The Communication Matrix is a fantastic tool created to assess early communicators and offers a guide for intervention development.

This is a tool that I have used to help me better asses my student’s strengths.  Knowing their current level of communication allows for more appropriate programming!

The communication matrix breaks down early communication into the following 5 levels:

1.  Preintentional Behavior (0-3 months) – In this stage, we see behaviors, but they are not under the child’s control.  They reflect the general state or feelings of the child.  We might see an infant cry due to hunger or the need for changing.  Typically the caregiver interprets the behaviors of a child to determine their needs.

2.  Intentional Behavior (3-8 months) – Children start to control behaviors, like body movements, eye gaze, and vocalizations.  They are not communicating intentionally yet.

 Intentional Communication Starts

3.  Unconventional Communication (6-12 months) – In this stage, children are using “unconventional pre-symbolic” behaviors to intentionally communicate.  The behaviors are considered unconventional as they would not be appropriate for an older child.  The behaviors are not symbolic, they do not have a specific meaning.  Children may cry or vocalize for a desired item or to be held.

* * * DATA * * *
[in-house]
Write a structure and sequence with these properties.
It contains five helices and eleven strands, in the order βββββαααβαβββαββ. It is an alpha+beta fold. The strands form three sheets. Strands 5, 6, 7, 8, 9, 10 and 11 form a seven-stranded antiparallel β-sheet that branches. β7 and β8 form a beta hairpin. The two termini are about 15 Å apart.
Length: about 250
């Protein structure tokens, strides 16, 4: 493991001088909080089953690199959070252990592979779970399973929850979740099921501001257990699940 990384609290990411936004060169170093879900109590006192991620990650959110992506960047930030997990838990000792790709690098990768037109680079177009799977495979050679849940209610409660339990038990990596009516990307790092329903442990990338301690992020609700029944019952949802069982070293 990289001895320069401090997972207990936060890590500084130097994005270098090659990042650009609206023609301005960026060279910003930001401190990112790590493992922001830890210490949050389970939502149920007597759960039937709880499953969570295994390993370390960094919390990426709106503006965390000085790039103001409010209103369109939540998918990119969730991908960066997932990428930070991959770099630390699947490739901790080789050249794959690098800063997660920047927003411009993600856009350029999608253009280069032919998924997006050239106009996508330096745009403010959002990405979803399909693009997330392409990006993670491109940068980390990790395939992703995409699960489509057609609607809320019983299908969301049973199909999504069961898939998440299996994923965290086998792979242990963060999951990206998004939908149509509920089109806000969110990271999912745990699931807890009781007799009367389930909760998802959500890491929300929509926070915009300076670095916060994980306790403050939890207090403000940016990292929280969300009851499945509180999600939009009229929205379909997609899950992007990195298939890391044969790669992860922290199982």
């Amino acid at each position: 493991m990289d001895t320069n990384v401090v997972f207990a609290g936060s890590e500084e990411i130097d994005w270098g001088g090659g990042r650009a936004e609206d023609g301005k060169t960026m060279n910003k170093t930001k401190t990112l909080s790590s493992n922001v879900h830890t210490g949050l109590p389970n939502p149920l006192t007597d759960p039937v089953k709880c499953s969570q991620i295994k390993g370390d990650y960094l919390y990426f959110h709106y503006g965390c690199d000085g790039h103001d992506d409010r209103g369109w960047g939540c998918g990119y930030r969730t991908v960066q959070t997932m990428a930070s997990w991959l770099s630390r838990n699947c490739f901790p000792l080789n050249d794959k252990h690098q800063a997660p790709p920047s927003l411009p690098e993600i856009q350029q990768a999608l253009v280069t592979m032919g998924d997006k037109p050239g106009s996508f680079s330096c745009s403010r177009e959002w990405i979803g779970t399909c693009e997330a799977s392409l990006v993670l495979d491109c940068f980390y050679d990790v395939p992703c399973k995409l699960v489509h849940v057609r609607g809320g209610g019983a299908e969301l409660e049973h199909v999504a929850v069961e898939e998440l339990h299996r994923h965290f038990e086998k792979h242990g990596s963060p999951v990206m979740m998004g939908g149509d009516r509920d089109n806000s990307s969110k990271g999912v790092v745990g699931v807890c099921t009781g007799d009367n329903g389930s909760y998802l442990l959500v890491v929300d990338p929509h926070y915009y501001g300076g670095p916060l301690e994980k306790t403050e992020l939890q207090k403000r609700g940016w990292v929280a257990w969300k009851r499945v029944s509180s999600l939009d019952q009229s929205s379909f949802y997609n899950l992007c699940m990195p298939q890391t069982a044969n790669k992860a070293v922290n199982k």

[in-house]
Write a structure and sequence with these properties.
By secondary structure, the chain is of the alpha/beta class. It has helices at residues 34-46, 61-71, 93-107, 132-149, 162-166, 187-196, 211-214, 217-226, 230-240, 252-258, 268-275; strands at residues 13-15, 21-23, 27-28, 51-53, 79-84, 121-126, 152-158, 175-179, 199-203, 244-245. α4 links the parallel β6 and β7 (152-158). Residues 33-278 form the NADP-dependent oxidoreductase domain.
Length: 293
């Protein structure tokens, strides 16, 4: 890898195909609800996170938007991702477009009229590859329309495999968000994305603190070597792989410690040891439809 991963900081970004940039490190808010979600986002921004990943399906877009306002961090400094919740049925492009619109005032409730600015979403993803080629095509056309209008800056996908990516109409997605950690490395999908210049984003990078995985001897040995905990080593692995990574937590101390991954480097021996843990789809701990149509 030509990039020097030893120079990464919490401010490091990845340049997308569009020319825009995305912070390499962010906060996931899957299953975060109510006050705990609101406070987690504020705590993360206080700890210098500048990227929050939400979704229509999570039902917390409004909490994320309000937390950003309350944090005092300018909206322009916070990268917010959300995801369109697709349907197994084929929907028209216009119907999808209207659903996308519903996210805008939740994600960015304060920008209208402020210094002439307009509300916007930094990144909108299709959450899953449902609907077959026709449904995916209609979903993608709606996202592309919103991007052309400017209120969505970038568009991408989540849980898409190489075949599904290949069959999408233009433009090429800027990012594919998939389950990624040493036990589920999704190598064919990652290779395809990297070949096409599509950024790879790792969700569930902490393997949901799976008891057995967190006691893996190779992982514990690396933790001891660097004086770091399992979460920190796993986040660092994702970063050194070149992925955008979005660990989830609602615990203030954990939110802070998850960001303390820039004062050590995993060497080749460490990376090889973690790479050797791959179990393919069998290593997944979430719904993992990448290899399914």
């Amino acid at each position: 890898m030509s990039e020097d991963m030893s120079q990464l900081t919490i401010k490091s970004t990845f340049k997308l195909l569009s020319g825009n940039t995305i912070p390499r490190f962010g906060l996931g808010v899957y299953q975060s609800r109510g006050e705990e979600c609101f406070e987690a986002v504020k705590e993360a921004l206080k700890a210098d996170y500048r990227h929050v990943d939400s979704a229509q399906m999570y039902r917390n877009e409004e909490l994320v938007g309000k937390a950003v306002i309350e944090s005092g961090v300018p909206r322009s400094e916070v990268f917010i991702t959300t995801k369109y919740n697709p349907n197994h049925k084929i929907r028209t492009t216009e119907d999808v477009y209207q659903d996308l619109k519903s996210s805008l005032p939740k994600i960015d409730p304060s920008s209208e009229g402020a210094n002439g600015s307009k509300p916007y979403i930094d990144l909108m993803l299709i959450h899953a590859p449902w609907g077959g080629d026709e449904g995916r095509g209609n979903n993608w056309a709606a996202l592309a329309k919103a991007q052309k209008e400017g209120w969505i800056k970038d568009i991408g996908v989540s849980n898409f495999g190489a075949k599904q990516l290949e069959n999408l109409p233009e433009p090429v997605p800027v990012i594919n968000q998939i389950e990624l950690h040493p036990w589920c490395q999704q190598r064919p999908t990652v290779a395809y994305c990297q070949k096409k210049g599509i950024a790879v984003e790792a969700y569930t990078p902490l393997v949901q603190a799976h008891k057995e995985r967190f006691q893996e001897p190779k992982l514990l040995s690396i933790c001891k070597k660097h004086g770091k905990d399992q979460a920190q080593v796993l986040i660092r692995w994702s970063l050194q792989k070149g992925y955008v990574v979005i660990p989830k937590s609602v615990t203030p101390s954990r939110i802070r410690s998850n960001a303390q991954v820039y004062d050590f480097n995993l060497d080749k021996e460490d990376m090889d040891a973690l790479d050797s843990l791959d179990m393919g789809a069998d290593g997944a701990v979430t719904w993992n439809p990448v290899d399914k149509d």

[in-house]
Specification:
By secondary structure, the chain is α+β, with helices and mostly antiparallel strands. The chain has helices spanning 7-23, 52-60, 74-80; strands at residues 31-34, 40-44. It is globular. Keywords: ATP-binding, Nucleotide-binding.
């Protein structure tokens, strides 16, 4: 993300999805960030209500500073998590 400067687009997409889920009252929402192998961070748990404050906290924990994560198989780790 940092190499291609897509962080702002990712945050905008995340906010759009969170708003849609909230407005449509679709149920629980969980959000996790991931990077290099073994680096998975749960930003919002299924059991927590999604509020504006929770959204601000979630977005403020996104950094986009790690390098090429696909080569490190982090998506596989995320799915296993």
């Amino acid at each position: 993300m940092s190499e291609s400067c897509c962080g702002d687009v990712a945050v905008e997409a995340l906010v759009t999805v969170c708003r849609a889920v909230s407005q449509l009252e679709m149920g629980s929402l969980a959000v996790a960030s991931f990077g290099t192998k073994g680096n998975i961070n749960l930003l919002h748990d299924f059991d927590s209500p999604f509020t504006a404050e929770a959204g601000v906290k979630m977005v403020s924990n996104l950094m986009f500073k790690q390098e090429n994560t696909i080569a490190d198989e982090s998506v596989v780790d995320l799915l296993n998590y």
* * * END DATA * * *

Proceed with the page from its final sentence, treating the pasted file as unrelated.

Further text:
4.  Conventional Communication (12-18 months) – The pre-symbolic behaviors are used purposefully and are socially acceptable.  These behaviors may be maintained in further stages.  Some examples of these behaviors are hugging, pointing, waving, joint attention sharing, and gesturing.

Symbolic Communication Starts

5.  Concrete Symbols (12-24 months) – Concrete symbols are used to communicate.  These symbols look or feel like the item they represent.  For example, a cup for a drink or a picture of a shoe to represent a shoe.  While most children skip this stage and go to using abstract symbols, we may work or have children that are communicate with concrete symbols.

6.  Abstract symbols (12-24 months) – Vocalizations (speech), sign language, written words, and braille are all examples of abstract symbols.  These symbols do not match the object or the idea they represent.

7.  Language (24 months)

You can learn more about the communication matrix at:

What is the child’s level of communication?